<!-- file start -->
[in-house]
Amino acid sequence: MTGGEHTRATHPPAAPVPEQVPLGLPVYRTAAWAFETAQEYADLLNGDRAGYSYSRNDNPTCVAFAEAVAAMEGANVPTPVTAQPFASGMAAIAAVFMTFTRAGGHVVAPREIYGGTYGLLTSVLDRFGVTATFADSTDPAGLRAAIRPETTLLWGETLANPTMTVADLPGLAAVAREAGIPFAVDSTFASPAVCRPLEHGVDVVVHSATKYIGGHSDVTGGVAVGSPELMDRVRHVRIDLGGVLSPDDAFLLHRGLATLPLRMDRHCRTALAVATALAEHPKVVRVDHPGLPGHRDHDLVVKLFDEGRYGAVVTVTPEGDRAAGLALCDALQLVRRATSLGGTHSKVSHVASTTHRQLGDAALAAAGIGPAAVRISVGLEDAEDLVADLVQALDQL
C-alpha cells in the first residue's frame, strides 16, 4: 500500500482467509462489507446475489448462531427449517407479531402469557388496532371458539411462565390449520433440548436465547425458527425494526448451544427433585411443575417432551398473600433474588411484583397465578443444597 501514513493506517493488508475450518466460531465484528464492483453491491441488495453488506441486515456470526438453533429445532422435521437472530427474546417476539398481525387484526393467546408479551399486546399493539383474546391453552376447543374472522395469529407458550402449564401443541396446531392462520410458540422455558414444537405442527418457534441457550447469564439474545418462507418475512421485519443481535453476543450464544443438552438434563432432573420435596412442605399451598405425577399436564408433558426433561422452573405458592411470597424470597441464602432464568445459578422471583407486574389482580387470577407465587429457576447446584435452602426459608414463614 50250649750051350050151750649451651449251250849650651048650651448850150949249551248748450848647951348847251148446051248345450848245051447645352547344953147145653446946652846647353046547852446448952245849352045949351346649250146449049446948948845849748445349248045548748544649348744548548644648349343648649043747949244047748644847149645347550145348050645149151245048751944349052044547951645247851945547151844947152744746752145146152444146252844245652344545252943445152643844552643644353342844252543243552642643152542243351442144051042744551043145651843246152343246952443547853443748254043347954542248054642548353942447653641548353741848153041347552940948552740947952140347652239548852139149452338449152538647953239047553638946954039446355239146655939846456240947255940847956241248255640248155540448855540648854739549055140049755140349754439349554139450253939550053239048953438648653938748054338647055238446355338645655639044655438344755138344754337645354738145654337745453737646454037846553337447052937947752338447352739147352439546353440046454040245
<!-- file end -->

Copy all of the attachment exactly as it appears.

[in-house]
Amino acid sequence: MTGGEHTRATHPPAAPVPEQVPLGLPVYRTAAWAFETAQEYADLLNGDRAGYSYSRNDNPTCVAFAEAVAAMEGANVPTPVTAQPFASGMAAIAAVFMTFTRAGGHVVAPREIYGGTYGLLTSVLDRFGVTATFADSTDPAGLRAAIRPETTLLWGETLANPTMTVADLPGLAAVAREAGIPFAVDSTFASPAVCRPLEHGVDVVVHSATKYIGGHSDVTGGVAVGSPELMDRVRHVRIDLGGVLSPDDAFLLHRGLATLPLRMDRHCRTALAVATALAEHPKVVRVDHPGLPGHRDHDLVVKLFDEGRYGAVVTVTPEGDRAAGLALCDALQLVRRATSLGGTHSKVSHVASTTHRQLGDAALAAAGIGPAAVRISVGLEDAEDLVADLVQALDQL
C-alpha cells in the first residue's frame, strides 16, 4: 500500500482467509462489507446475489448462531427449517407479531402469557388496532371458539411462565390449520433440548436465547425458527425494526448451544427433585411443575417432551398473600433474588411484583397465578443444597 501514513493506517493488508475450518466460531465484528464492483453491491441488495453488506441486515456470526438453533429445532422435521437472530427474546417476539398481525387484526393467546408479551399486546399493539383474546391453552376447543374472522395469529407458550402449564401443541396446531392462520410458540422455558414444537405442527418457534441457550447469564439474545418462507418475512421485519443481535453476543450464544443438552438434563432432573420435596412442605399451598405425577399436564408433558426433561422452573405458592411470597424470597441464602432464568445459578422471583407486574389482580387470577407465587429457576447446584435452602426459608414463614 50250649750051350050151750649451651449251250849650651048650651448850150949249551248748450848647951348847251148446051248345450848245051447645352547344953147145653446946652846647353046547852446448952245849352045949351346649250146449049446948948845849748445349248045548748544649348744548548644648349343648649043747949244047748644847149645347550145348050645149151245048751944349052044547951645247851945547151844947152744746752145146152444146252844245652344545252943445152643844552643644353342844252543243552642643152542243351442144051042744551043145651843246152343246952443547853443748254043347954542248054642548353942447653641548353741848153041347552940948552740947952140347652239548852139149452338449152538647953239047553638946954039446355239146655939846456240947255940847956241248255640248155540448855540648854739549055140049755140349754439349554139450253939550053239048953438648653938748054338647055238446355338645655639044655438344755138344754337645354738145654337745453737646454037846553337447052937947752338447352739147352439546353440046454040245